Based on the accumulated growing degree days, most of North Dakota is past or at peak feeding (or 504 - 595 AGDD) when larvae are in the 3rd to 4th instars.
This week’s Good Bug Corner featured insect is the spined soldier bug, Podisus maculiventris, in the family Pentatomidae (or stink bugs).
Find out where to check the growing degree days for leafy spurge flea beetles.
Insecticide seed treatments are not controlling late season wireworm populations in sunflowers.
Cereal aphids continue to be found at very low incidence. IPM Scouts scouted 83 wheat and 38 barley fields and found cereal aphids in only 11 fields or 8% of fields surveyed.
This year’s sugarbeet root maggot (SBRM) fly monitoring program suggests that SBRM populations are at the highest levels they have been in the past 10 years.
Fifty-eight percent of the barley is in the jointing crop stage in North Dakota (USDA NASS, ND – June 15, 2015) and susceptible to damage from barley thrips.
IPM Scouts scouted 35 soybean field last week and one field had a soybean aphid present in Richland County, only 1% of plants infested with one aphid per plant.
Several calls are coming in about collecting leafy spurge flea beetles.
The southeast area of North Dakota has accumulated enough degree days (DD) for the major leaf feeding stage (504 to 595 accumulated DD) by weevil larvae.
With all the rain this spring, blood-sucking mosquitoes are swarming and aggressively biting livestock in pastures.
Reports on Canola and Field Pea included
Our first cereal aphids were detected in McHenry County in the NC area of North Dakota at sub-economic level, 14% incidence, on durum wheat by the IPM Scout, Jacee Aaseth. Scouting over the next month will be important for the wheat (spring, durum and winter), oat and barley.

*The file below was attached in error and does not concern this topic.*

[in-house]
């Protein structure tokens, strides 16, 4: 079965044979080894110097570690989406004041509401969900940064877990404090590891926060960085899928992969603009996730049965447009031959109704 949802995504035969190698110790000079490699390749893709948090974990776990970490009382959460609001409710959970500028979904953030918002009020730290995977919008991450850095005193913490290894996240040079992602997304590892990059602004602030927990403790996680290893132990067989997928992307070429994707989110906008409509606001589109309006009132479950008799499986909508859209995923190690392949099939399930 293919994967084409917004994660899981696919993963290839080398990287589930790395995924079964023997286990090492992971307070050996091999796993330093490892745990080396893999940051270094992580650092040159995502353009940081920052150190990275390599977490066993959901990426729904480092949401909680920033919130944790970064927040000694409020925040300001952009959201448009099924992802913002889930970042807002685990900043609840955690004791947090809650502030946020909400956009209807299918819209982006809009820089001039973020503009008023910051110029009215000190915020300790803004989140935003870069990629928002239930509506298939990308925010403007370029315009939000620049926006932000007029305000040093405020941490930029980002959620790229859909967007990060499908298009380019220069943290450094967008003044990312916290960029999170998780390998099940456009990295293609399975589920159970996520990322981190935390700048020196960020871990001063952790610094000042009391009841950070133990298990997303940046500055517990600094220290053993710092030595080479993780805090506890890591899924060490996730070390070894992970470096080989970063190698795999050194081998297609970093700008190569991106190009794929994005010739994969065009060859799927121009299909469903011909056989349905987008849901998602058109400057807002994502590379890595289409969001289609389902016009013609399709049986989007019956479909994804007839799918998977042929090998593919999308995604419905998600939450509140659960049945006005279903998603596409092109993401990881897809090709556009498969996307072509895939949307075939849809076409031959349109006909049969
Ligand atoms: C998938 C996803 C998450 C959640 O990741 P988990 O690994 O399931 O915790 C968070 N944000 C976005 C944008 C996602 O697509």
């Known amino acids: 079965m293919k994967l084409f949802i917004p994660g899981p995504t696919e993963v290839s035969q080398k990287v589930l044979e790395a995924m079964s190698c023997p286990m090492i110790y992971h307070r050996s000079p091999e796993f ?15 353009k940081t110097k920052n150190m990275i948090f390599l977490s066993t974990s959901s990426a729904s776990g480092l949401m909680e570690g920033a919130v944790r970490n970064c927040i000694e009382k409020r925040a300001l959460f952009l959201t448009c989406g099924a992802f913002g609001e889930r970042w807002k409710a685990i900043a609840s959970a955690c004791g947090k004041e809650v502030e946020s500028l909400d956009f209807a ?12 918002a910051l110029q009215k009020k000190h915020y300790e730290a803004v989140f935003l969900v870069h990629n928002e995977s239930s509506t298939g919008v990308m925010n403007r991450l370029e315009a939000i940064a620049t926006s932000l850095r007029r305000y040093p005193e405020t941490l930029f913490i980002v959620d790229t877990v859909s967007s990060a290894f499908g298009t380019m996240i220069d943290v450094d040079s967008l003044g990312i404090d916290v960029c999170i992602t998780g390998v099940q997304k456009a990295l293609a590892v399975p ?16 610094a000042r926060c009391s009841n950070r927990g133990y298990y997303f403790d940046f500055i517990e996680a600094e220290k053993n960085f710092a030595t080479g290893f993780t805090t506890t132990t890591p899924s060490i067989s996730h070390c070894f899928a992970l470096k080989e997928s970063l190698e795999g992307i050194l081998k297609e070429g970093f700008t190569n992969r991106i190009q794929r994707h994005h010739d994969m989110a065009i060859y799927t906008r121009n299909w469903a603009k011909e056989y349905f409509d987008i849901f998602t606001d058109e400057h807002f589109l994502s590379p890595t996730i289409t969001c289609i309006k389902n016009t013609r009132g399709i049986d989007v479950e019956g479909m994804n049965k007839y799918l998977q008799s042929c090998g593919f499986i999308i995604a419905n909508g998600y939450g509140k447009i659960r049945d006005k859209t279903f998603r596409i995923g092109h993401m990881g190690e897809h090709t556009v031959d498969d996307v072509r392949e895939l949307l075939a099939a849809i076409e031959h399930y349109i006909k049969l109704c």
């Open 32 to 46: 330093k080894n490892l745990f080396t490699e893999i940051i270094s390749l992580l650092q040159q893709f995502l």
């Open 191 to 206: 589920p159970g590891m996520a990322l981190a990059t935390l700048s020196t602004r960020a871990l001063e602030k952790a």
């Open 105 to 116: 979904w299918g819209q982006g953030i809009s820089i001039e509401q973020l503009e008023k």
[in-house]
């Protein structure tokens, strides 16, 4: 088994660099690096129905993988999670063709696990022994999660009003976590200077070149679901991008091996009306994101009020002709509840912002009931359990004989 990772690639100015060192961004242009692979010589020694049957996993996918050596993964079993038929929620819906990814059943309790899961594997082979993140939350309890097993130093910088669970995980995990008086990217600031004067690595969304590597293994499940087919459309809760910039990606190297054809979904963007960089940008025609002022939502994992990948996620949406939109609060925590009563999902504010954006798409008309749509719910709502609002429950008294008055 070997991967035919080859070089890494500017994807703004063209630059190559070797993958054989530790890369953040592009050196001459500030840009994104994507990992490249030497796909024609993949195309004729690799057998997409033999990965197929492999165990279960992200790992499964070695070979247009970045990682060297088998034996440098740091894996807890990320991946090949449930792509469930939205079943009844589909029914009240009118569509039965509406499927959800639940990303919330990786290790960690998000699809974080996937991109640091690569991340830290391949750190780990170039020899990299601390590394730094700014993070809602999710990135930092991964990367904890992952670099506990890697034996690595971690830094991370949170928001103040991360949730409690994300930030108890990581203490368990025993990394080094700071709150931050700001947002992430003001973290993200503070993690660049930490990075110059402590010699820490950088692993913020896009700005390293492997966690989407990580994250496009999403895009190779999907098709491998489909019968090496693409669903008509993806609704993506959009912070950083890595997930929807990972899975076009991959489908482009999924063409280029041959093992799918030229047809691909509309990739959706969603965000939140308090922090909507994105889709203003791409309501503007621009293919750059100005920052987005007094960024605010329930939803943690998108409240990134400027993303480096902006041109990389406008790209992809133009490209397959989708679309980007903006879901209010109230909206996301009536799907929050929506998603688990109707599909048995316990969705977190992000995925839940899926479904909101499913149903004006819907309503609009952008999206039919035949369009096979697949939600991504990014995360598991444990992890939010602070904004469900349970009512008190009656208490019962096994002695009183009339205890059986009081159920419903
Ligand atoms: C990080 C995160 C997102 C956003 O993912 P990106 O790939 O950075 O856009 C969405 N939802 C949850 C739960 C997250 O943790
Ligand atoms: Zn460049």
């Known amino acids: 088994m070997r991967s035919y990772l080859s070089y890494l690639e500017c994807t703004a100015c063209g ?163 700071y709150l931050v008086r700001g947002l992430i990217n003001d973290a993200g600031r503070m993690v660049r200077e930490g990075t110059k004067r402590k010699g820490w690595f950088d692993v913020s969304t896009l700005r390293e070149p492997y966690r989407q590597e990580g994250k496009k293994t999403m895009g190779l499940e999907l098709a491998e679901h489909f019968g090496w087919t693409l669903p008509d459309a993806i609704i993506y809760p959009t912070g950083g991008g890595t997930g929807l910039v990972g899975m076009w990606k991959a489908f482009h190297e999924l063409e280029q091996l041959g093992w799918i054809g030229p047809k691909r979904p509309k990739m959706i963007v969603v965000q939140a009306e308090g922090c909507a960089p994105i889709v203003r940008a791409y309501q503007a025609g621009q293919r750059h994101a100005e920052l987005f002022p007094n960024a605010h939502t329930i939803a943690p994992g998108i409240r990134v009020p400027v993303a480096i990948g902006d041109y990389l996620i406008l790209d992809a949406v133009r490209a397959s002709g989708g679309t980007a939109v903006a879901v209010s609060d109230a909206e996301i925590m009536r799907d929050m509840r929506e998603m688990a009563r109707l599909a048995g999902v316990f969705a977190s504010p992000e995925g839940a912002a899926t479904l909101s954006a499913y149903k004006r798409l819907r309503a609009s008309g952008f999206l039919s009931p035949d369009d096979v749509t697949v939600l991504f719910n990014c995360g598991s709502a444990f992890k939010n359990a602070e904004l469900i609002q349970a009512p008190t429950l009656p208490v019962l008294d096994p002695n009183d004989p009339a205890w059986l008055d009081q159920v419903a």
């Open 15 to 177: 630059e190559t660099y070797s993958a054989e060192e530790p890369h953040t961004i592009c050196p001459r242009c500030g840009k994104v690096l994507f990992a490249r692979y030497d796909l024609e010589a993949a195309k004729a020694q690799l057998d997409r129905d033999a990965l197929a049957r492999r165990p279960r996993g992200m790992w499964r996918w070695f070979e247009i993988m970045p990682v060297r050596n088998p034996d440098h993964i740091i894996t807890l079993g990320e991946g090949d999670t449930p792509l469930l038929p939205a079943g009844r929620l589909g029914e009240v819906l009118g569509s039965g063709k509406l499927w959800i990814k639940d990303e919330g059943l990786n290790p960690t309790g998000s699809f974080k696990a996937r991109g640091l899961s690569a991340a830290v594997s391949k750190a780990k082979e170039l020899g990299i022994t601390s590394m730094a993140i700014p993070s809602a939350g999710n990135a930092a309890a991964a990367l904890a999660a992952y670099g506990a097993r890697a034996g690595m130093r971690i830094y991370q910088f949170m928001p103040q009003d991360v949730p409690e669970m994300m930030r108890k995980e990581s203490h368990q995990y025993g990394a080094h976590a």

This week’s featured bug is the syrphid fly or hoverfly (Diptera: Syrphidae). There are about 1,000 species of syrphid flies in North America, and are common in field crops.
Although sugarbeet root maggot (SBRM) fly activity is currently at low levels throughout most of the Red River Valley (RRV), all indicators thus far suggest that some sites within the Valley will experience very high populations this year.
The first sugarbeet root maggot (SBRM) flies of the season were observed on Tuesday, May 26 in a field near St. Thomas, ND.
This week’s featured is the green lacewing (Chrysopa species). The adult is a beautiful 1 inch long, green insect with 2 pair of clear, network-like wings, and large golden to red eyes.
Insect pest updates on canola, alfalfa, wheat, and field peas.
This week’s featured group is beneficial wasps (also called parasitoids) that attack and kill eggs and immature stages of many insect pests. Parasitoids are described as tiny wasps in the insect order Hymenoptera and include many different families (Braconidae and Ichneumonidae, for example).
Since the cold temperatures have slowed insect pest activity this past week, I thought this would be a good opportunity to update you on the status of a few invasive insect pests of field crops. Please look for these invasive insect pests when you are out scouting fields or around your home.